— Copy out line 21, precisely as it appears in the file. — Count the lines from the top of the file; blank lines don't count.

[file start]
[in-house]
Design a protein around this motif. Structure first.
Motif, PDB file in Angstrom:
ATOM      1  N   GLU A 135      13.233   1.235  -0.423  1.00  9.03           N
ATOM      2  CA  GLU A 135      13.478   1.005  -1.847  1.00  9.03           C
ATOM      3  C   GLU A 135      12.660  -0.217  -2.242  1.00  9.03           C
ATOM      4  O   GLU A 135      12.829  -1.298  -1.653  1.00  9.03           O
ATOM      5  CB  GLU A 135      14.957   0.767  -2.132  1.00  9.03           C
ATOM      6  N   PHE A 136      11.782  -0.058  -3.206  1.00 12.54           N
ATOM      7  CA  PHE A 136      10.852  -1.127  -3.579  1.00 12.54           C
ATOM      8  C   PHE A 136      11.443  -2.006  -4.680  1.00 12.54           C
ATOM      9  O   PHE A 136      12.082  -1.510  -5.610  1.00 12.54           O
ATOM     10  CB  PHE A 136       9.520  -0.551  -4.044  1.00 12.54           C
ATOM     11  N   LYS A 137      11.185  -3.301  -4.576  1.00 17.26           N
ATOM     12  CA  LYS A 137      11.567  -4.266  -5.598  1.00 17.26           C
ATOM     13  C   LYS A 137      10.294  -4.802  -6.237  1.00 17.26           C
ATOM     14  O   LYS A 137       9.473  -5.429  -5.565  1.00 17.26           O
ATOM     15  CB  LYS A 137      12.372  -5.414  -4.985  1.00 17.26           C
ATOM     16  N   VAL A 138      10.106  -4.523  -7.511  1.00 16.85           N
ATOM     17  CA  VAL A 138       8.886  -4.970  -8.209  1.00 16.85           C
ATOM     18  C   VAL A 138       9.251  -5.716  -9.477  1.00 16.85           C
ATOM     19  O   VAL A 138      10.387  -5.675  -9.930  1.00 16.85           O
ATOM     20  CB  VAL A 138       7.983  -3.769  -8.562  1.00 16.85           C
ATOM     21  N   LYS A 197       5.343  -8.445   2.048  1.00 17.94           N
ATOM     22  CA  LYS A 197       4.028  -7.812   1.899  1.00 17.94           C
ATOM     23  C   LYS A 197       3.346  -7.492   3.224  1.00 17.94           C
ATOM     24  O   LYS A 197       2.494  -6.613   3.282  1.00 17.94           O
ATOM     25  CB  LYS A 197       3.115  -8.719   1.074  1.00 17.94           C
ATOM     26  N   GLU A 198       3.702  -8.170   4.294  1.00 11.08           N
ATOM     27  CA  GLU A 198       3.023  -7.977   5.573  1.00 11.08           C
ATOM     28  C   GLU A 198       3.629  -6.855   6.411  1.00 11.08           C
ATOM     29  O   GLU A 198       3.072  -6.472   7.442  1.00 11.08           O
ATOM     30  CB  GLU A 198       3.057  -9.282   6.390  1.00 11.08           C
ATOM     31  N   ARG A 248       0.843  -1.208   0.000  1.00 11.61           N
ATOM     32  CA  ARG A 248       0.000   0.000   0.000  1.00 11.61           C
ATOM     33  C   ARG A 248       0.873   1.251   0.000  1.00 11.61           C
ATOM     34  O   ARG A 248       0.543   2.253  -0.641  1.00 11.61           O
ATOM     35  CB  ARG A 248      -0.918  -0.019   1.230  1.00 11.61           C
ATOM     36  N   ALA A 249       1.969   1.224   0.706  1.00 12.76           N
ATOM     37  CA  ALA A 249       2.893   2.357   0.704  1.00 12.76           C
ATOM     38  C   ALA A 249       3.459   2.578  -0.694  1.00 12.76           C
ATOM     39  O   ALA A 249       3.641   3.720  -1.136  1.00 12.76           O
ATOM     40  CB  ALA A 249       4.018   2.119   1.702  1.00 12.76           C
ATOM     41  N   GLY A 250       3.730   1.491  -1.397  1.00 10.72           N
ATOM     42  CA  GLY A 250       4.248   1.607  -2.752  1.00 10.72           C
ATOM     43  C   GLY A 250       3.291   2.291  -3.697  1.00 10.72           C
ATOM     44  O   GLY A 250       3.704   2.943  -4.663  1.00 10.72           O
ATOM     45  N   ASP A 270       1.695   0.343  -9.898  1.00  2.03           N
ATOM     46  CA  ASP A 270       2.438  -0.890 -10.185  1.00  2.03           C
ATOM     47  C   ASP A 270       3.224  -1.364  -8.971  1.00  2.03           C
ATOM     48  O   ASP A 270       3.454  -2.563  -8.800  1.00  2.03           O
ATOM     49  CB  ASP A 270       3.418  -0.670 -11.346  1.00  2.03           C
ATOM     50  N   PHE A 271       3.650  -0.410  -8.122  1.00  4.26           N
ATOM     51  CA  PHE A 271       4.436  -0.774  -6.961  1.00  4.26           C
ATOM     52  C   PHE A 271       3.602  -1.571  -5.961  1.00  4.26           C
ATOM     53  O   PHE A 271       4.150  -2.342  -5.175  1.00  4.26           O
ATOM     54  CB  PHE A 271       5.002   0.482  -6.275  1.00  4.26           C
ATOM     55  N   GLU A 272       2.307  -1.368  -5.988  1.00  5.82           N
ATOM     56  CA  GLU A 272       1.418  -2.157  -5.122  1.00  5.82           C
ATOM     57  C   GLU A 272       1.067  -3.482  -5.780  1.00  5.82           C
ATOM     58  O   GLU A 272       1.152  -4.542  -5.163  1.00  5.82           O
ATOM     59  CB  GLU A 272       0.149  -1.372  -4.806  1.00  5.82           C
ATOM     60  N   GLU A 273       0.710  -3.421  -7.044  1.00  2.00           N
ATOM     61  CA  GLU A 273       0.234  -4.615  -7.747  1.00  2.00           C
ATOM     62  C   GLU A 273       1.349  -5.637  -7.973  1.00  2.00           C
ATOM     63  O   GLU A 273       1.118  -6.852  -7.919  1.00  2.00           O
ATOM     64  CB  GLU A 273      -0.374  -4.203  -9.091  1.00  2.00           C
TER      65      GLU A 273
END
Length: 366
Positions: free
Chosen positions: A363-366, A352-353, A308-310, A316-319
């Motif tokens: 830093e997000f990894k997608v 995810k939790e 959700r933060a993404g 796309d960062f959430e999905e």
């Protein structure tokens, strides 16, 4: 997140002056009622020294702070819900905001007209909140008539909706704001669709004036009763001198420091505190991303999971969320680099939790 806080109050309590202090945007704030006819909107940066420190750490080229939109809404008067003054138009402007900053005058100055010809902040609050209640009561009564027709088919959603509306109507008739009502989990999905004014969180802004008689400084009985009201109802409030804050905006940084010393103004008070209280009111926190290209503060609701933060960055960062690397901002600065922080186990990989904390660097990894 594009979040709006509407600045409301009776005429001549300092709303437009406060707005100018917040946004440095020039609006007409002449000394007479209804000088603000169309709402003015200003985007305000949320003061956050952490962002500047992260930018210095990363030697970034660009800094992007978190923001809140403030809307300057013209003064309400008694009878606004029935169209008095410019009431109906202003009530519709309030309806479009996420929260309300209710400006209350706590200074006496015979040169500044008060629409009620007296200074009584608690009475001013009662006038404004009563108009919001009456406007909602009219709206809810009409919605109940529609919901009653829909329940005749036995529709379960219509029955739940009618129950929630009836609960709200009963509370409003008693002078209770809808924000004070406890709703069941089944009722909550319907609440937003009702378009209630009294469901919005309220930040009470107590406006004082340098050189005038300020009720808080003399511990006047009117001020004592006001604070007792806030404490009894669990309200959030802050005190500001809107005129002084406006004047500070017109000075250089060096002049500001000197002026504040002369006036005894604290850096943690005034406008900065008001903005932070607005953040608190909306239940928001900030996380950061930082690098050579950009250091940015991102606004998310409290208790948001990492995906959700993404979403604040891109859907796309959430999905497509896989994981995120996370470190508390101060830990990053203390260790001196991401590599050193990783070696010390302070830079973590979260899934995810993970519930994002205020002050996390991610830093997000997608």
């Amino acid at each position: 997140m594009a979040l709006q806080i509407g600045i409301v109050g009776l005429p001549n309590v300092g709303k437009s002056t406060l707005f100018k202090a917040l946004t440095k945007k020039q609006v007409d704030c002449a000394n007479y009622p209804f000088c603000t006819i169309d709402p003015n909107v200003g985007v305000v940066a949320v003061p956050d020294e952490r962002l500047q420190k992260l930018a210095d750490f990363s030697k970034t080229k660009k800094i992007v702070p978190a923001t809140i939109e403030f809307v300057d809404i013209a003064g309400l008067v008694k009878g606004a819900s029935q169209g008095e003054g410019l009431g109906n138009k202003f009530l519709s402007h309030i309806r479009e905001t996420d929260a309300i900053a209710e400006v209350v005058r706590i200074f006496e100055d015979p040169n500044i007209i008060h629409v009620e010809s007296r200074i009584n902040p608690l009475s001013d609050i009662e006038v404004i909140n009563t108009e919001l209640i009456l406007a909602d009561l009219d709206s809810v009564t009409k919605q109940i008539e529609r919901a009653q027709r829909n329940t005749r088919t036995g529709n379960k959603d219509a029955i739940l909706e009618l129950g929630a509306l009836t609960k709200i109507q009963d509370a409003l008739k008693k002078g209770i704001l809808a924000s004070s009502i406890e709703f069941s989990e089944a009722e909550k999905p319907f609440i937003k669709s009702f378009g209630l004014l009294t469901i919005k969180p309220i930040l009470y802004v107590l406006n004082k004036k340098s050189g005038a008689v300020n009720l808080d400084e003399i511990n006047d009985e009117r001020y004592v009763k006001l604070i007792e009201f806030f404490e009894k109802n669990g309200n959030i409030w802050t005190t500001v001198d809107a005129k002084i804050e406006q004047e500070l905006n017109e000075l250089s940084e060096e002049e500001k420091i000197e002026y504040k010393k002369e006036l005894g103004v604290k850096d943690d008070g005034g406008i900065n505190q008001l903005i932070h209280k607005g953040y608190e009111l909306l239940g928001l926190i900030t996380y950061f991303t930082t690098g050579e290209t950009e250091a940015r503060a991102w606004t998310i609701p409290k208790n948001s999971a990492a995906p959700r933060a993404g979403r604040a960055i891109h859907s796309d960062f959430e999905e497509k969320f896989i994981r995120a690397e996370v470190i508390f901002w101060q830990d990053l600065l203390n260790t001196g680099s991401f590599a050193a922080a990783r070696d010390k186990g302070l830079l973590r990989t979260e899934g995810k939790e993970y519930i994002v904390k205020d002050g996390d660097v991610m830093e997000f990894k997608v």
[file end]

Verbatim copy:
ATOM     18  C   VAL A 138       9.251  -5.716  -9.477  1.00 16.85           C